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Adani Ports reverses plan to levy extra charges on Mundra box train operations

In a significant trade development that presents some cost relief for Indian hinterland shippers amid high freight rates, Adani Ports and Special Economic Zone Limited (APSEZ) has eventually agreed to recall its notices seeking to levy extra user fees on container trains operating to/from Mundra Port, according to industry sources.

Mundra is the busiest container handler in India and freight loads out of inland container depots (ICDs) constitute a major portion (pegged at 50%) of its volumes.

The dispute -- simmering since September 2020 -- essentially involved two types of charges -- a terminal access fee of Rs. 7,500 (US$94) and a detention levy of Rs. 5,000 (U$63) per hour on delayed train turnarounds.

The Association of Container Train Operators (ACTO), which spearheads the cause of private rail license holders, had strongly protested against this demand, calling it arbitrary and illegal, and refused to settle the claim raised on them despite Adani reportedly issuing several notices and threatening to even deny train operators access to the rail-sidings at Mundra.

“The issue has been resolved,” said an ACTO official. “The port is withdrawing the charges retroactively, we have been informed, but we are awaiting a formal notification.”

ACTO sources added that Adani’s decision to pull the move to impose additional charges followed a fresh round of stakeholder negotiations and government-level interventions. “It was based on discussions with ACTO,” the official noted.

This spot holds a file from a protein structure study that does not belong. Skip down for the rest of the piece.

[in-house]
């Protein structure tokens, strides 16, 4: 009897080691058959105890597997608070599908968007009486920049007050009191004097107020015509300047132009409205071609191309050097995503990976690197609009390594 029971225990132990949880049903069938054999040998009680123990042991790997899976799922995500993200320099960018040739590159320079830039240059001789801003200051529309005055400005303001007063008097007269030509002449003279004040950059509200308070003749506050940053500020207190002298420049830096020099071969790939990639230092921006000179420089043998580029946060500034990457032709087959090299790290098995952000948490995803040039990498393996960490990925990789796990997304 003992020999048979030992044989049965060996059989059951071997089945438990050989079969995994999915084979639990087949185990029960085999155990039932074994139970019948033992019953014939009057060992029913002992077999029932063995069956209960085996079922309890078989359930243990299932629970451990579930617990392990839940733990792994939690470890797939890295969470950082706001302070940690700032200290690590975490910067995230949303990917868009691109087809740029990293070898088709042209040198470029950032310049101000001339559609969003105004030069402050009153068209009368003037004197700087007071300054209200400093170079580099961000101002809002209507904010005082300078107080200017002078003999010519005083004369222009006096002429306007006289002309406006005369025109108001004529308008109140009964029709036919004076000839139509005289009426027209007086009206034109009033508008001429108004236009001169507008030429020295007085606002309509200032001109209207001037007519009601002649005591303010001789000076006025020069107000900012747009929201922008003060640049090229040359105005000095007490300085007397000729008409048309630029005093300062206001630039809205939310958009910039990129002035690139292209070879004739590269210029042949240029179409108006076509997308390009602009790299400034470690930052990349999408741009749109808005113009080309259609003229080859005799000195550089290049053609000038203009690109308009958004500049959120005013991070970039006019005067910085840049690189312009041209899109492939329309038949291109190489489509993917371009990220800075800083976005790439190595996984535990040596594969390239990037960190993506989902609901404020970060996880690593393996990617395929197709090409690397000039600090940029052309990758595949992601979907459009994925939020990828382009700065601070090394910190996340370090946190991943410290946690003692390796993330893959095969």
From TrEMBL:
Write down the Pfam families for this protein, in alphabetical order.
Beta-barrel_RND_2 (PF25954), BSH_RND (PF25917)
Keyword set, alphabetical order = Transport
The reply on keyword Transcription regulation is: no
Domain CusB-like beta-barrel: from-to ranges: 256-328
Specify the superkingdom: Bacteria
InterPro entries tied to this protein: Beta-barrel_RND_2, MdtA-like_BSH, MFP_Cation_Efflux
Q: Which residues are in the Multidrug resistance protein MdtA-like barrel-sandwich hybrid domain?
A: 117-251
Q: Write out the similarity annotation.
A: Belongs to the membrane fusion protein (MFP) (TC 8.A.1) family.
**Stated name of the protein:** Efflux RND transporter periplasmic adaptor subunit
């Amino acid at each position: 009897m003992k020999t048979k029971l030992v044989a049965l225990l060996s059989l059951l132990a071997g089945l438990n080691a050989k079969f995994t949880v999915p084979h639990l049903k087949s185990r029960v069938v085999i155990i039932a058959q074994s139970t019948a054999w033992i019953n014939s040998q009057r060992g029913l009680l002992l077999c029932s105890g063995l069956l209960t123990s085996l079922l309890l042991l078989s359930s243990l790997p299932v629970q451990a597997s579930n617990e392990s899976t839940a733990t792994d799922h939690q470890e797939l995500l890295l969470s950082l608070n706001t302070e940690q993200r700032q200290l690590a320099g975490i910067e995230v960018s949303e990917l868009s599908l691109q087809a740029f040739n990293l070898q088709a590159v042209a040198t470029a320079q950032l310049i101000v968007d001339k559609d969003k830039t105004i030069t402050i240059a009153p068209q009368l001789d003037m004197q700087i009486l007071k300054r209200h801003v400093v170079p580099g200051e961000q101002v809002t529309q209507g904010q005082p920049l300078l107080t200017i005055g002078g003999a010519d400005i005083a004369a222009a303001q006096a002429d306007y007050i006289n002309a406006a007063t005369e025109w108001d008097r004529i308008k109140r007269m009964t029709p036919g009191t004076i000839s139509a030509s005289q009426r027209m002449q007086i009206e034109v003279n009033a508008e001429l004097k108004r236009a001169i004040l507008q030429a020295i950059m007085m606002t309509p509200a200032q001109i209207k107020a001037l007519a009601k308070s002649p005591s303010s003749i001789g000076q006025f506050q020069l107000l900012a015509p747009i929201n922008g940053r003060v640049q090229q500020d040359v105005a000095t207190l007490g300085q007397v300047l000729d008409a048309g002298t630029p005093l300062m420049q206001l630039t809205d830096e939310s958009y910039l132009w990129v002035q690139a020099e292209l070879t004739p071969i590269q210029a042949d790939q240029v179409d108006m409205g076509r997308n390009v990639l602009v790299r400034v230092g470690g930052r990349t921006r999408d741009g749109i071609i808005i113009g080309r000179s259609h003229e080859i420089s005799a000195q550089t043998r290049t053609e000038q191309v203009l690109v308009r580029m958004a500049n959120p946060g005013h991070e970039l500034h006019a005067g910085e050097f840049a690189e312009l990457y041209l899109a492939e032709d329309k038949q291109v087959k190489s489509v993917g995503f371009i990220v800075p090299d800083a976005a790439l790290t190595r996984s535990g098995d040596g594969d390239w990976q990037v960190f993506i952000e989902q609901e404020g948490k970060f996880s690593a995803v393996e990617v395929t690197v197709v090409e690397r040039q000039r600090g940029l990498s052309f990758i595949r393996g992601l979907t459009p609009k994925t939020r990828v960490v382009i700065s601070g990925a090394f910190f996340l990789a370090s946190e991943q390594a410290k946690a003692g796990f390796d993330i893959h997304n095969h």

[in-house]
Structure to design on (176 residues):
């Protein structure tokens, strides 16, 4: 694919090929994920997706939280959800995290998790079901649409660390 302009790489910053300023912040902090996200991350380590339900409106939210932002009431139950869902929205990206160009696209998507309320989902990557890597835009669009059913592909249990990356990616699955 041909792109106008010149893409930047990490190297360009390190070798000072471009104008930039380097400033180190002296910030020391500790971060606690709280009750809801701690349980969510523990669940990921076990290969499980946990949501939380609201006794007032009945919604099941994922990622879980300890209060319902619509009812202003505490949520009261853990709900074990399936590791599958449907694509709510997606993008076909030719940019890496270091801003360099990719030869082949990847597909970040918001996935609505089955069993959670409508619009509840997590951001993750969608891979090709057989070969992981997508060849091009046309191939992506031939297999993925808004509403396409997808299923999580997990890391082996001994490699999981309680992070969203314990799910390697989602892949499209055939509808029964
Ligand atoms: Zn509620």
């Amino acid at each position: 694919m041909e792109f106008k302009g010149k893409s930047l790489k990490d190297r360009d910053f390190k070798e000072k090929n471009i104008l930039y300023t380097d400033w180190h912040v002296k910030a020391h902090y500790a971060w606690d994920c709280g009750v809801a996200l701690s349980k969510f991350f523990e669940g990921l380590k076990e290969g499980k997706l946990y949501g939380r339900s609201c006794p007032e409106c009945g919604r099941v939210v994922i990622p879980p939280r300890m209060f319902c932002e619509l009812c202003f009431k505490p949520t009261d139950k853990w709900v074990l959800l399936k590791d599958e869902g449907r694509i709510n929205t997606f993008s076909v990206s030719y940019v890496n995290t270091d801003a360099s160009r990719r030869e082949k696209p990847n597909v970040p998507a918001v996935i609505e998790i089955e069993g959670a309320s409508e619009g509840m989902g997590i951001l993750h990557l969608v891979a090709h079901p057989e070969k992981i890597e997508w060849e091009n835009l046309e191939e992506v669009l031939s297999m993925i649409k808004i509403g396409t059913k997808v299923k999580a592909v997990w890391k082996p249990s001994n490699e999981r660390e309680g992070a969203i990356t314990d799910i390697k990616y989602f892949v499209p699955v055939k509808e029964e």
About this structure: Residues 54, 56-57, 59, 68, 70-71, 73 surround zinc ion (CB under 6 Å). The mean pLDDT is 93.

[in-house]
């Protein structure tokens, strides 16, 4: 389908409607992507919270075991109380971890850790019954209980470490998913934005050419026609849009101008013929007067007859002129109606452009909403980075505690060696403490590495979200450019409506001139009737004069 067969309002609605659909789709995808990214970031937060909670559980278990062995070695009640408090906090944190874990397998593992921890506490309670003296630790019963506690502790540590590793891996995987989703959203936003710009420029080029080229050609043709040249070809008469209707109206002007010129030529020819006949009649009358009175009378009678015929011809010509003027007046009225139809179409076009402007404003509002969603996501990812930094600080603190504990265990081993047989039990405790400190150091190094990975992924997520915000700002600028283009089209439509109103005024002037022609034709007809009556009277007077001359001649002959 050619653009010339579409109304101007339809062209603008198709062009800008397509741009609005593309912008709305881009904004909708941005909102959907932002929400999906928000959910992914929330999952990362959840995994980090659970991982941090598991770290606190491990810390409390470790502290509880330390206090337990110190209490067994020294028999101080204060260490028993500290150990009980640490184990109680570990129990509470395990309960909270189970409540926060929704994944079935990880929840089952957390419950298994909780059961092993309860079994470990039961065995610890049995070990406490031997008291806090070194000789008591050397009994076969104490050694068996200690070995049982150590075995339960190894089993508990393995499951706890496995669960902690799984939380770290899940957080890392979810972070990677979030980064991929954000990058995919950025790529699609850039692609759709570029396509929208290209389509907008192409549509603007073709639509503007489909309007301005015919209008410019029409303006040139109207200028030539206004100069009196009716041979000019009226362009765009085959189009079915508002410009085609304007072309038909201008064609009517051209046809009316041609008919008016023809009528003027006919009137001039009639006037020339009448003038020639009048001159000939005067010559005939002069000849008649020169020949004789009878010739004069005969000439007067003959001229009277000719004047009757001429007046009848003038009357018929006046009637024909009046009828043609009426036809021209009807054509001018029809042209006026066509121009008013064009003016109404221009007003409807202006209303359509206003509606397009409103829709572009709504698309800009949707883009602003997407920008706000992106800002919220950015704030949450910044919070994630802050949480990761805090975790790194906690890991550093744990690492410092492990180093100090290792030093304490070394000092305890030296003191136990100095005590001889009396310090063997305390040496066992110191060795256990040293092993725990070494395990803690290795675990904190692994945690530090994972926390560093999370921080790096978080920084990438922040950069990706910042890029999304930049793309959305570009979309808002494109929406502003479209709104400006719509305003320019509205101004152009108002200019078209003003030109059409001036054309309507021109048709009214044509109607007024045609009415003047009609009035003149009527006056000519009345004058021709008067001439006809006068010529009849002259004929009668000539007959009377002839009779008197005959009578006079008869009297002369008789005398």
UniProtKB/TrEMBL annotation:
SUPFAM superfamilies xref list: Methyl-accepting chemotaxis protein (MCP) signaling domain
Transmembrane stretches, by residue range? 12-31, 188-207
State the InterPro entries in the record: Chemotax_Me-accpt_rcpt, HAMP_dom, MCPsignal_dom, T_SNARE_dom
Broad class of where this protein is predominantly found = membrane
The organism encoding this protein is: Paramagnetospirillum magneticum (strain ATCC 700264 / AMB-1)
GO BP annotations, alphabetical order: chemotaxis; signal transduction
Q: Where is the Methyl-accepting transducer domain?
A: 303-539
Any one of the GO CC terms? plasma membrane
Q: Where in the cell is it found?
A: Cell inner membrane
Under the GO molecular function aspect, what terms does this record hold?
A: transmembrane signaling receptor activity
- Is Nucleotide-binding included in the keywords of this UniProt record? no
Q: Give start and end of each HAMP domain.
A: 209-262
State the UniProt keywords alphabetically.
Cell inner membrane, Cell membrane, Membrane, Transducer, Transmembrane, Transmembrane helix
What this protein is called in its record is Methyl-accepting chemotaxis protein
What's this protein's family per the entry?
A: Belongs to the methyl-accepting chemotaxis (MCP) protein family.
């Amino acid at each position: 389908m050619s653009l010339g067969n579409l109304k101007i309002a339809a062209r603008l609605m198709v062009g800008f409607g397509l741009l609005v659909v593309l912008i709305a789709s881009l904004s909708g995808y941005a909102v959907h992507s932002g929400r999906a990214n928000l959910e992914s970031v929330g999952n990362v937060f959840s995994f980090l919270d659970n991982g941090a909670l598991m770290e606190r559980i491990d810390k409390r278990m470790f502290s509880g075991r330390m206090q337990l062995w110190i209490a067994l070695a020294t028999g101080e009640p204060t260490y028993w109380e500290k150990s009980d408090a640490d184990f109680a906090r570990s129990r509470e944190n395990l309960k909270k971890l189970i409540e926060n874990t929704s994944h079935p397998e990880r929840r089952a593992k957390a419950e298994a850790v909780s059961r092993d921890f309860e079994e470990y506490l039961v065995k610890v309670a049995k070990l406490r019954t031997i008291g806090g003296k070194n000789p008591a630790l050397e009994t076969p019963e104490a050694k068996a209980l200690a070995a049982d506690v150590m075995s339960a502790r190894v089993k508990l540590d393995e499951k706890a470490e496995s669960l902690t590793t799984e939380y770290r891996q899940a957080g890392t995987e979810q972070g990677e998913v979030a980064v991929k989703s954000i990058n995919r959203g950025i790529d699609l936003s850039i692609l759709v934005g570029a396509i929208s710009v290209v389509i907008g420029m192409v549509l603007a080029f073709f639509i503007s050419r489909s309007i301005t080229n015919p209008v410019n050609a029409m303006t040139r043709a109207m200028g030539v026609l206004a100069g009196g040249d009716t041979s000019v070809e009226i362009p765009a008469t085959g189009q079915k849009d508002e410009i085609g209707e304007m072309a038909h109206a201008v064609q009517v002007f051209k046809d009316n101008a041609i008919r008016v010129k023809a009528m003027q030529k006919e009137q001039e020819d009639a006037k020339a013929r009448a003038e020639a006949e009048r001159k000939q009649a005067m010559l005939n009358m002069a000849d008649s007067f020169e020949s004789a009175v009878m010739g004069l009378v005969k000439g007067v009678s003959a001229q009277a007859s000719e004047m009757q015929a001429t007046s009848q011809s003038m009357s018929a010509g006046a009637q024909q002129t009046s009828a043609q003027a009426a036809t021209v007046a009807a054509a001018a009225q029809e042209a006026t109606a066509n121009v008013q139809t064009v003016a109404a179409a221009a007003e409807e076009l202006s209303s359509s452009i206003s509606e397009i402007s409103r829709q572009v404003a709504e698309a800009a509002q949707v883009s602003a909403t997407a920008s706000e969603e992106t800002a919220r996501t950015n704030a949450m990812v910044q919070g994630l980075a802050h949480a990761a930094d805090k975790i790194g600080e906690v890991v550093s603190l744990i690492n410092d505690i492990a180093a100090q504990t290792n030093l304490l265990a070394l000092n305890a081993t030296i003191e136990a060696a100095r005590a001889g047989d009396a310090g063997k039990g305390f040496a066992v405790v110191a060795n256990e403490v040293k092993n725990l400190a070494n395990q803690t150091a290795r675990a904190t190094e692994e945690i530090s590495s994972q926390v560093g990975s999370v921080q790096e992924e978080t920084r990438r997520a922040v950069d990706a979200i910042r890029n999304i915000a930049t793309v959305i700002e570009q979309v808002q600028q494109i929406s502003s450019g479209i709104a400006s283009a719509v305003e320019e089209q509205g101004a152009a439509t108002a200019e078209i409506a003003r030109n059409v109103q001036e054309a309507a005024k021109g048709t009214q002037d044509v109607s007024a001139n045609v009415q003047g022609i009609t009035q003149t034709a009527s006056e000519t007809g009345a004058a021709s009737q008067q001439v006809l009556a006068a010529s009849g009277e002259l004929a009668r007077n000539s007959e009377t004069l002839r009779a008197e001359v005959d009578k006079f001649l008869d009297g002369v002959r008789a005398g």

ACTO previously argued the new charges were not in conformity with the concession agreement Adani has for Mundra and that train companies were only service providers for shipping lines serving the port.

“As train operators, we are not direct customers of the port. The shipping lines, which are the actual owners of containers and hold lien on the cargo, are the actual port customers with clear commercial relationships on services procured from the port for which they are usually charged on a per TEU basis,” ACTO earlier said in a letter to APSEZ.

ACTO further noted, “If at all the port wishes to recover any costs for service, it should accordingly be recovered from Lines as their actual customers, and not from Rail operators who are themselves service providers and not end users for cargo related services.”

Notably, a resolution to the above dispute comes as rail charges are seeing increases after Indian Railways removed some of the ad-hoc incentives and waivers implemented earlier to draw more freight to its network.


Jenny Daniel
Global Correspondent

Contact email: [email protected]





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